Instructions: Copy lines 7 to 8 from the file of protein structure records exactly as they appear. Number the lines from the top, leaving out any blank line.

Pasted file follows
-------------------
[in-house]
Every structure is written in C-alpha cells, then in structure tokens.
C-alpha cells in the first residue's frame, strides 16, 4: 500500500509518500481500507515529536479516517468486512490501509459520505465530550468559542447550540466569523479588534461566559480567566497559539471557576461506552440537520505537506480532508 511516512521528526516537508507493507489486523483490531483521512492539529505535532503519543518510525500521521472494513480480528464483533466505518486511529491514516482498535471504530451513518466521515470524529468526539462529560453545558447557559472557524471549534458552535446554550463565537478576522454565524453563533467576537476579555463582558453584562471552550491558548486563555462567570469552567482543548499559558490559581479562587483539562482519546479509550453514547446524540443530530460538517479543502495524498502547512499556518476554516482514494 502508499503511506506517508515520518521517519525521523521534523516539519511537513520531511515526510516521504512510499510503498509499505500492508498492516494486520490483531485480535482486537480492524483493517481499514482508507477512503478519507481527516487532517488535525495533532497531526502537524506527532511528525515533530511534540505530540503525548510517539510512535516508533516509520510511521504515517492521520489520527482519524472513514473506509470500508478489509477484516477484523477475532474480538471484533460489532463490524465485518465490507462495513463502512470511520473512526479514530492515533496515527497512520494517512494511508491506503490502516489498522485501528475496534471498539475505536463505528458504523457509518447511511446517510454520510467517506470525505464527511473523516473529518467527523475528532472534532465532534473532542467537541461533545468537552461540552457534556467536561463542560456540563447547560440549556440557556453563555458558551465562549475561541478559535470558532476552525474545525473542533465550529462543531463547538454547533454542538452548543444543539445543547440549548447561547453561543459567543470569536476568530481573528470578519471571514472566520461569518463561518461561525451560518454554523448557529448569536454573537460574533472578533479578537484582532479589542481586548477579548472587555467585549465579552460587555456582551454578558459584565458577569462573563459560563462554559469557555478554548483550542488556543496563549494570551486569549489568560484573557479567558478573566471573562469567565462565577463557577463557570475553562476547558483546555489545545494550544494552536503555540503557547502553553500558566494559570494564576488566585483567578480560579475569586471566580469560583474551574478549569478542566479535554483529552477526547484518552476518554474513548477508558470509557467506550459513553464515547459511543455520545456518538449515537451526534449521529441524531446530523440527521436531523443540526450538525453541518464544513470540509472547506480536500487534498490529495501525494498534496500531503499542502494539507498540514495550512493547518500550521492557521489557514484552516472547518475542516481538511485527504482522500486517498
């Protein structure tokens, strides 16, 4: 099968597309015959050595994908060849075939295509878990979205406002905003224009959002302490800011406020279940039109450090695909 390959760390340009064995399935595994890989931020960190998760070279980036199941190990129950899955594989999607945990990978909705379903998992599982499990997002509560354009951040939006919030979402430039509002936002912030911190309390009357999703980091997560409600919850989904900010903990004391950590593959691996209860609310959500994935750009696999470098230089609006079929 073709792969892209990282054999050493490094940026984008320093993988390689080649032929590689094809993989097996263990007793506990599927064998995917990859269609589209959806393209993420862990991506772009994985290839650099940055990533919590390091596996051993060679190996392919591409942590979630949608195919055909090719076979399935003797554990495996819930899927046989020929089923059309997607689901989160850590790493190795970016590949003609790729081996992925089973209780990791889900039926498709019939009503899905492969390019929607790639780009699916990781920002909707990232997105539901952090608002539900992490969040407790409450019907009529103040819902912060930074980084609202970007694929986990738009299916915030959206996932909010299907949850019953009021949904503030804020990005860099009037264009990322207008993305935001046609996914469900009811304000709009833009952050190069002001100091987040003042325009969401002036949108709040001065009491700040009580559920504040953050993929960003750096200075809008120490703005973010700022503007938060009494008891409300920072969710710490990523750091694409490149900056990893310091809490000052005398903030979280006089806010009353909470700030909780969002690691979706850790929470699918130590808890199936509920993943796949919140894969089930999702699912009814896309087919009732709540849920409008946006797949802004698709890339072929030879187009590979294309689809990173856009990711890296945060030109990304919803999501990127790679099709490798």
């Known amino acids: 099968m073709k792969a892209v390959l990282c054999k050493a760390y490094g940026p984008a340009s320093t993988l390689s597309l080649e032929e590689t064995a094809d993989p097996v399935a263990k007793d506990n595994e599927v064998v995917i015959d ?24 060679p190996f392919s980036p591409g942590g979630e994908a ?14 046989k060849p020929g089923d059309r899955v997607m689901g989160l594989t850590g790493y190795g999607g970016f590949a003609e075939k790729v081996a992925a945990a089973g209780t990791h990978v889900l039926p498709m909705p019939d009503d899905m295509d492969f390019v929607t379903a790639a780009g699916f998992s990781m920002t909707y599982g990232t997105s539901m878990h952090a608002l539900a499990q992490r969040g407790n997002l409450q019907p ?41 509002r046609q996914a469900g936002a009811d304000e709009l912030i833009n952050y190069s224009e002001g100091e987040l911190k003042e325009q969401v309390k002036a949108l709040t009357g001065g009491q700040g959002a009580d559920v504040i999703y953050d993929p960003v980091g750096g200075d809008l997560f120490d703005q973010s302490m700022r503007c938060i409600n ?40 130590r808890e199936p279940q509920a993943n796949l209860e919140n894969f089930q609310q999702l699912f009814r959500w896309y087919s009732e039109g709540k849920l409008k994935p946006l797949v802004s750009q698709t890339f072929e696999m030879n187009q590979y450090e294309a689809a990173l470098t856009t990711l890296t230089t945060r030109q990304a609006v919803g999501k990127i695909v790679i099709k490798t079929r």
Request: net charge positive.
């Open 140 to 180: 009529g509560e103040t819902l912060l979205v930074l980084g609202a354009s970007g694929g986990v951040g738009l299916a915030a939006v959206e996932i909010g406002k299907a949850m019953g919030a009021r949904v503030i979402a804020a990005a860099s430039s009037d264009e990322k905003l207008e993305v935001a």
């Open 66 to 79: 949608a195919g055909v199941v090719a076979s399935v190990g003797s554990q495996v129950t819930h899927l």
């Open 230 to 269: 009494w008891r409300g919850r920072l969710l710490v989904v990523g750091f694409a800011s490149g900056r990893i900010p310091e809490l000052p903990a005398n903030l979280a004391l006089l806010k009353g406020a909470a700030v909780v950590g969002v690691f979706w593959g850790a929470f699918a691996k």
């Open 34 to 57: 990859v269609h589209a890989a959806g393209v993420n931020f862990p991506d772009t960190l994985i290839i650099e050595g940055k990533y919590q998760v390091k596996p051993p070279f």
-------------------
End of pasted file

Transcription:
């Open 140 to 180: 009529g509560e103040t819902l912060l979205v930074l980084g609202a354009s970007g694929g986990v951040g738009l299916a915030a939006v959206e996932i909010g406002k299907a949850m019953g919030a009021r949904v503030i979402a804020a990005a860099s430039s009037d264009e990322k905003l207008e993305v935001a």
């Open 66 to 79: 949608a195919g055909v199941v090719a076979s399935v190990g003797s554990q495996v129950t819930h899927l």